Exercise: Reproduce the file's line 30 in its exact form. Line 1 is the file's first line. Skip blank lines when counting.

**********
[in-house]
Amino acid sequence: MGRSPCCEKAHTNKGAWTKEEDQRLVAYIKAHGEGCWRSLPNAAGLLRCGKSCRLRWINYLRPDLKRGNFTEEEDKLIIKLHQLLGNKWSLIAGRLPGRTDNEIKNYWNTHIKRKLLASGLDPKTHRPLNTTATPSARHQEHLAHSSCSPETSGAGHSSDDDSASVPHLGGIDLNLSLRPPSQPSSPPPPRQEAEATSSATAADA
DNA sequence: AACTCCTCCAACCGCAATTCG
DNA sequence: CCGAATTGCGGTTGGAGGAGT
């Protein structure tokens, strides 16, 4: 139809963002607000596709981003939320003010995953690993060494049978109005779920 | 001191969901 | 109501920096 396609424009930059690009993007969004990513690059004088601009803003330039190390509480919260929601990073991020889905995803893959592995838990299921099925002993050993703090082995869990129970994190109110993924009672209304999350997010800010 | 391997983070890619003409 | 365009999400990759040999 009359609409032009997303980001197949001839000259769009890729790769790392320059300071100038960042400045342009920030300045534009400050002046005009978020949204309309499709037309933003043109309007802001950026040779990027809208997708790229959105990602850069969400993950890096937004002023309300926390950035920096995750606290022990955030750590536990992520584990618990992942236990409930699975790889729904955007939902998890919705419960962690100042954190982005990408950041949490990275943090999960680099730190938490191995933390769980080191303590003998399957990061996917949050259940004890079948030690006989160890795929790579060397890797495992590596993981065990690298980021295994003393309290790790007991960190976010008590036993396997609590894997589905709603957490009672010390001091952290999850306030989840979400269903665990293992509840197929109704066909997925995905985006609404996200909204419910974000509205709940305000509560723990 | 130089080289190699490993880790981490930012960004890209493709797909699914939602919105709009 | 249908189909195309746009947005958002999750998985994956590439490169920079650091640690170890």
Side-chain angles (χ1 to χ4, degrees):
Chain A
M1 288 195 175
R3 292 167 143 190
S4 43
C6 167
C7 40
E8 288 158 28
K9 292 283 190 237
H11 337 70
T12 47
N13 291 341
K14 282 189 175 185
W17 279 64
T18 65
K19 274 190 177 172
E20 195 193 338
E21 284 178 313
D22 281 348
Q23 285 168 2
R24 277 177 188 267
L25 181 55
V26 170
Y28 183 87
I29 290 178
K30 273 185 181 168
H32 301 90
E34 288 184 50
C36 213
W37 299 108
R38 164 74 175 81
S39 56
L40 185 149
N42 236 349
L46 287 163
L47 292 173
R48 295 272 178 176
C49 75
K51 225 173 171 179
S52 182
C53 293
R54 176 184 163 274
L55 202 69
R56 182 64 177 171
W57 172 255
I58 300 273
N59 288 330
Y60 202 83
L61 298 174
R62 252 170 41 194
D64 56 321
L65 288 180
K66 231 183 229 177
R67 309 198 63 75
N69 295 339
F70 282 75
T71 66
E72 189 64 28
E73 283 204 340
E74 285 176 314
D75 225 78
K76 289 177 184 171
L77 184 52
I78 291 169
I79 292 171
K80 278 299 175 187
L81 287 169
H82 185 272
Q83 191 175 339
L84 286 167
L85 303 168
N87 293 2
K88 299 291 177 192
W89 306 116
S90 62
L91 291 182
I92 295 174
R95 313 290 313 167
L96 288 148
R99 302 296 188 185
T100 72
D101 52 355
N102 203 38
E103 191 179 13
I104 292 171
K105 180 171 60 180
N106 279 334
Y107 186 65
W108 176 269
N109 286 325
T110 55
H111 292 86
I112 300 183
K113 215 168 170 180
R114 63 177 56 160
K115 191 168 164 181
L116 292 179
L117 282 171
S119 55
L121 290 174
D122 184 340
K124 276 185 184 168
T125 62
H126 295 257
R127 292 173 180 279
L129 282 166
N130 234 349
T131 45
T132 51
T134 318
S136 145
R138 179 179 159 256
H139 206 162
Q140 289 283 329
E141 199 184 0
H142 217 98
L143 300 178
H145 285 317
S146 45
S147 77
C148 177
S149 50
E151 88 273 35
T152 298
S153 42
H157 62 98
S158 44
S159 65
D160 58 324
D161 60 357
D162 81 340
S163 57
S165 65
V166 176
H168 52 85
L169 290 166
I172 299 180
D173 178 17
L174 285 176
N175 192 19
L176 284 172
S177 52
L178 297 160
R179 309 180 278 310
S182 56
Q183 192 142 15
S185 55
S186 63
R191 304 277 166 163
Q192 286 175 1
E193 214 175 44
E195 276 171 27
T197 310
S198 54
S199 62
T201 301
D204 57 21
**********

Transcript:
I29 290 178